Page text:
Focus on the design and construction of the AC75 Luna Rossa
Wednesday, June 30, 2021 7:44 PM
The new-born AC75 America’s Cup class yachts, designed to compete in the 36th America’s Cup presented by Prada, are an extremely innovative project and an exciting challenge for designers and sailors. The result: a spectacular boat and breath-taking regattas.
Following the two previous editions - 2013 with flying AC72 catamarans and 2017 with the AC50 catamarans - this competition featured the debut of the AC75, a completely new class. With its revolutionary monohull just over 23 meters long, and two side foils, these new yachts were now capable of sailing above the surface of the water and reaching speeds of over 50 knots.
The designers were called to face a demanding challenge to comply with the new rule and hull concept.
The first issue at hand was related to the balances and forces at play that allow the boat to “fly and be stable” in a straight line.
Another important aspect they focused on was manoeuvrability. The engineers had to study the transition phases between one side and the other with extreme care, in order to understand how to make turns and jibes while flying in balance on the foils.
Since the concept of the new class called for a traditional sail plan, as opposed to the wing sail adopted for the catamarans, extensive research was carried out to size the surface of the sails and the mast. Finally, the choice fell on the double mainsail which guarantees greater efficiency and allows for a more contained mast height.
The size and shape of the foil arms have also been the subject of careful study, resulting in the design we see today on the AC75. The front part of the foil is the same for all teams, whereas there is freedom to pursue the shapes of the back area, i.e. the trailing edge.
Next, the Luna Rossa designers worked on optimizing the shape of the hull, creating the most aerodynamic lines possible to obtain a lift on the foils already at low speeds.
Boat 1 and Boat 2 were built in the Persico Marine shipyards in Bergamo, but they were finished and assembled at the Cagliari and Auckland bases.
The mould on which the hull was modelled is made of recycled carbon fiber. The hull, on the other hand, is consists of an aluminium honeycomb core, also used in the aerospace industry, and covered with carbon skins. These elements are glued with epoxy resins and brought to a temperature of about 80 ° C, to favour the chemical crosslinking reaction.
The foil arms instead are made of rigid plates of monolithic carbon, like slices of cake, which are placed side by side and glued together one after the other, modelled with a numerical control machine and, finally, wrapped in a further containment layer in carbon, which is in turn "baked" to consolidate its shape. This part of the foil arm is “one-design” and the same for all teams.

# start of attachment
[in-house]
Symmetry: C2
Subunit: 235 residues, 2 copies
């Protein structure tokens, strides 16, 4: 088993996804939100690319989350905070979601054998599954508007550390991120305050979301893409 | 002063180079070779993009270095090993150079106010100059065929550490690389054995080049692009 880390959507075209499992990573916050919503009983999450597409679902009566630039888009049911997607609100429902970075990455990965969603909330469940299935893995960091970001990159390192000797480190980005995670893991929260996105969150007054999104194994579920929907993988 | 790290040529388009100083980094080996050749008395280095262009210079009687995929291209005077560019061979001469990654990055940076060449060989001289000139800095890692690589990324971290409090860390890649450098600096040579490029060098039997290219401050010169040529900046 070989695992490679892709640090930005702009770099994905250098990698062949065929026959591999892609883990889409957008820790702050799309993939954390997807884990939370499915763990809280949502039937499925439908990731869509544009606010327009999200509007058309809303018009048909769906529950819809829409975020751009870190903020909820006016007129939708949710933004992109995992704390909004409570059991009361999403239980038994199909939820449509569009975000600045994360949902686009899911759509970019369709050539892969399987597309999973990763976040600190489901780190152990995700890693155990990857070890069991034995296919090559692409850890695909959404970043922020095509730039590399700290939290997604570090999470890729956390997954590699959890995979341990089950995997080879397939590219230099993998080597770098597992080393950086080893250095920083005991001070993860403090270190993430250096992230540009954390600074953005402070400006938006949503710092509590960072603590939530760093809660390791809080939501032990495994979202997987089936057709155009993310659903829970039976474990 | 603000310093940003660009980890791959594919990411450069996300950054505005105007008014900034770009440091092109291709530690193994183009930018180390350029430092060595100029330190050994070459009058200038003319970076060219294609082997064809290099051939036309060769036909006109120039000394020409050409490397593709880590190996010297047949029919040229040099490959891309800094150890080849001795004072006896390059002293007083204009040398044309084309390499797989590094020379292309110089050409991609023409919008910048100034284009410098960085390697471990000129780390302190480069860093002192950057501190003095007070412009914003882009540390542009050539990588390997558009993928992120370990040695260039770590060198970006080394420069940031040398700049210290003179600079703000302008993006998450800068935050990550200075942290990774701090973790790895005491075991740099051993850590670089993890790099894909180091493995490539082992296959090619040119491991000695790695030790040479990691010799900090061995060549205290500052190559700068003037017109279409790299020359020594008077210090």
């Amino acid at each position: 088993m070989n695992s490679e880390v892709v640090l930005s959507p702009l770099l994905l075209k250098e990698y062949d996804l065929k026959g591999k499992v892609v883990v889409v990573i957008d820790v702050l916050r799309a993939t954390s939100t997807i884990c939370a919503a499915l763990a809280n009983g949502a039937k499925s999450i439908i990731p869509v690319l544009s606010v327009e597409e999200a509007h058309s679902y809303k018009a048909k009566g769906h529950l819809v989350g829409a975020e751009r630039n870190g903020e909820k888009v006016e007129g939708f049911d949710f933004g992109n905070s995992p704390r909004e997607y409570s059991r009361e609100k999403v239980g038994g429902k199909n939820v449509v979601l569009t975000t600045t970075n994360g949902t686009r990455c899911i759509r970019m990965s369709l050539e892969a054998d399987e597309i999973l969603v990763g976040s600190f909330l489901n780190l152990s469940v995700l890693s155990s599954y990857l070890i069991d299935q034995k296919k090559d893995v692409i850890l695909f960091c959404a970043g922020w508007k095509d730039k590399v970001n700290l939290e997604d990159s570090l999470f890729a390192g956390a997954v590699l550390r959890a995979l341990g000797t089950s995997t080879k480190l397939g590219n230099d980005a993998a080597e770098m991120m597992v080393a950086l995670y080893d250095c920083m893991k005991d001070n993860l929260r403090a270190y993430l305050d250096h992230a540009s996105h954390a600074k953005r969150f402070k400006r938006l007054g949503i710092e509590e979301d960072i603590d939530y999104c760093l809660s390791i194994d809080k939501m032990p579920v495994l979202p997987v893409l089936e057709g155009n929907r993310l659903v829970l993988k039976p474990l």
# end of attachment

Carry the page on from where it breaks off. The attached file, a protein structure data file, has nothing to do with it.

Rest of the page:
The mast is also made of carbon and is "one-design" in terms of shape. Each team is free to choose the manufacturer and, above all, can decide to reinforce and stiffen it at its discretion, depending on the type of rig and the loads to which it is subjected.
The rudder, on the other hand, is made of carbon and metal. According to the Class Rule, each team can produce a maximum of four pieces.
The project was highly innovative, not only in the quest for the most efficient geometries, but also in terms of the sizing of the structures, often modified as the work progressed, in function of the confidence acquired by the crew in the management of this new boat.
To monitor the loads and prevent any structural failures, strain gauges were applied to the internal part of the hull and its components. These sensors calculate the structural deformation in the various parts of the AC75. Also, every time Luna Rossa returned to the shed after an outing at sea, each part was subject to a meticulous exam of the structures and components with specific tools, similar to ultrasounds, capable of identifying any damage or deformation even in the innermost layers of the structure and invisible to the naked eye.
The design of the AC75 is still a very new project. We will certainly see changes in the geometry of both hull and wings, and even more in the development of systems and control methods for sails, rudders and foils. This is also the beauty of the America’s Cup, an exciting and timeless challenge, where the essence of the game is experimentation and innovation.